Nepal in the Mahabharata Period, Part 10
BY: SUN STAFF
Singri Gupteswar Temple
Dhekiajuli, Sonitpur, Assam
Feb 19, 2013 CANADA (SUN) A serial presentation of Sri Krsna's liberation of Banasura, the Yadava dynasty's presence in Nepal, and the events that preceded and followed.
Sri Krsna's pastimes battling the demons Banasura, Narakasura and Mura illustrate the concentration of asuras who were inhabiting the Himalayan foothills region at that time, stretching from Rudraprayag to Assam. Krsna arranged for the Yadavas to rule this region after the defeat of Banasura, and although their kingdom was in power for eight generations in Nepal, the Yadavas were eventually overcome once again by the mlecchas.
There are numerous temples in Assam that were either built by, or are associated with King Banasura, and before moving on to the region of Nepal, we'll mention a few of them.
When Assam was known as Kamarupa, situated along the banks of the Brahmaputra River that flowed through it were many ancient Shiva temples. Guwahati, or Pragjyotishapuram, and Tezpur, previously known as Sonitapuram and Sibsagar, are both densely populated with Shaivite temples.
Sri Sri Gupteswar
Singri Gupteswar Temple
Singri Gupteswar is an ancient temple of Lord Shiva constructed by his devotee, King Bana, and is one of the most ancient temples in Assam. The abode of Sri Sri Gupteswar (Gupta-Iswar) is situated on the northern bank of the River Brahmaputra in the Dhekiajuli tensil, district of Sonitpur, about 50 km. from Tezpur. The current structure, which dates to the 7th Century A.D., stands on the foothills of Singri, overtop a cave.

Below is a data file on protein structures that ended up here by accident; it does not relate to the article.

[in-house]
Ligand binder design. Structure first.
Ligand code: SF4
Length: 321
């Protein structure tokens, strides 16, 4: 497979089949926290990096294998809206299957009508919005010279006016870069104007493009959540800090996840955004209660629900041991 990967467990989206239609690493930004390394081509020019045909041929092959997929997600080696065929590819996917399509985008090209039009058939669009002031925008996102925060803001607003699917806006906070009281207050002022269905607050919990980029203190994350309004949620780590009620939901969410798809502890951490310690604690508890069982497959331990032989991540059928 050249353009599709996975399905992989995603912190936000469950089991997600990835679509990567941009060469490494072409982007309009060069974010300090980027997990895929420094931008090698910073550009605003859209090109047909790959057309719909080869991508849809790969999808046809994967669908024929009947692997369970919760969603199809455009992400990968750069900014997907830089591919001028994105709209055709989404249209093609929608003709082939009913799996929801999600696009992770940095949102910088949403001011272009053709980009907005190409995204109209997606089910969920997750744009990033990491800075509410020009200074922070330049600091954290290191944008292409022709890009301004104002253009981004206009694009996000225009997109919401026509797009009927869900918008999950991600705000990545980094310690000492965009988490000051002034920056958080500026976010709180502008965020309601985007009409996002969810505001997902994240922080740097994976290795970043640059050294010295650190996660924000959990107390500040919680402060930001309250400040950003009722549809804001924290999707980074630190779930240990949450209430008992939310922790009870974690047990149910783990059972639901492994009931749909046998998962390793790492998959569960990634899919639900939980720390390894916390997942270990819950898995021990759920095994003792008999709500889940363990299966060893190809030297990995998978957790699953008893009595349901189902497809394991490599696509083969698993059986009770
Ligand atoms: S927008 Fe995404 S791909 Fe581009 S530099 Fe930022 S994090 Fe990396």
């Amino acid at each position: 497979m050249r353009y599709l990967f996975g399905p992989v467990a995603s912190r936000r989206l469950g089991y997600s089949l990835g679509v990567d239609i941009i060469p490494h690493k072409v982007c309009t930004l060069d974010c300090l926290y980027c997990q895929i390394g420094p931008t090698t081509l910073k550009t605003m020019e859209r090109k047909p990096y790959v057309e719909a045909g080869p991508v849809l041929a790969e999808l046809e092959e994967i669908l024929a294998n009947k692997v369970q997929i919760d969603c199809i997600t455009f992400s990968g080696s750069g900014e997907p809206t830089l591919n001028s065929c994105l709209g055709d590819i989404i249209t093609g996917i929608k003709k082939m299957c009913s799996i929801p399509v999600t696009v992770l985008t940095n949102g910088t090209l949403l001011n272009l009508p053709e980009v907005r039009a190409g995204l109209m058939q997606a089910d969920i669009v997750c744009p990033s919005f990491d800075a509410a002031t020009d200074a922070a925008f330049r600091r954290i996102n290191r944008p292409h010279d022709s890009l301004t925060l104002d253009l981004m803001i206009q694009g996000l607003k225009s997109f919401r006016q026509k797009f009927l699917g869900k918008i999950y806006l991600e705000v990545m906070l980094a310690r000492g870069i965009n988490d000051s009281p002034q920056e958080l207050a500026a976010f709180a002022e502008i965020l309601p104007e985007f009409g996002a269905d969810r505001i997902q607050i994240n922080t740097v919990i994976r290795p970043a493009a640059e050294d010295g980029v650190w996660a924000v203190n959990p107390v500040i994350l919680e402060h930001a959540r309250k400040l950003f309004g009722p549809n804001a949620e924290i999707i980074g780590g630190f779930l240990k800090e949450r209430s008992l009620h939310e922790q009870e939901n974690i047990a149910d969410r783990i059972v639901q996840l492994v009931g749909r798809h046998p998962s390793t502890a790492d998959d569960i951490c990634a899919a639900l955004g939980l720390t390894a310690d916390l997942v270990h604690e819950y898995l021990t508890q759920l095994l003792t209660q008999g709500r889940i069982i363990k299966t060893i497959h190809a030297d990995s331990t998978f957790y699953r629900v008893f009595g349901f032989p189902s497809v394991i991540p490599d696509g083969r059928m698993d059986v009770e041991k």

The presiding deity, Sri Sri Gupteswar, known as Gupteshwar Baba, is Shivalinga. According to the 10th Century Kalika Purana, Shiva was worshipped here by the Kirat people. Sometime after the reign of Kirat king Banasura, a later Koch king, Naranarayana began to offer worship to Lord Shiva here with Brahmanical rituals, and that worship continues today.
The temple has a sacred fire pit called dhunighar within its premises. It is believed that the dhuni has been burning unceasingly from time immemorial, and that Lord Shiva himself originated the sacred blaze. Shaivite followers smear the holy ashes from this fire over their bodies.
Dhunighor, the Place of Ashes
There is a beautiful rock-cut sculpture of Lord Ganesha at the entrance of Singri Gupteswar Temple, carved from a big rock. A small protective temple has recently been built around this shrine. A boundary wall made of ancient bricks and the brass spire of the temple were completed under the Ahom kings.
The sage Rishya Sringa resided here, and was known for his ability to create rain that possessed celestial wisdom and spiritual insight. A small neglected agnihotra pit sits at the top of Singri hill.
Singri Gupteswar Temple, overlooking Dhekiajuli
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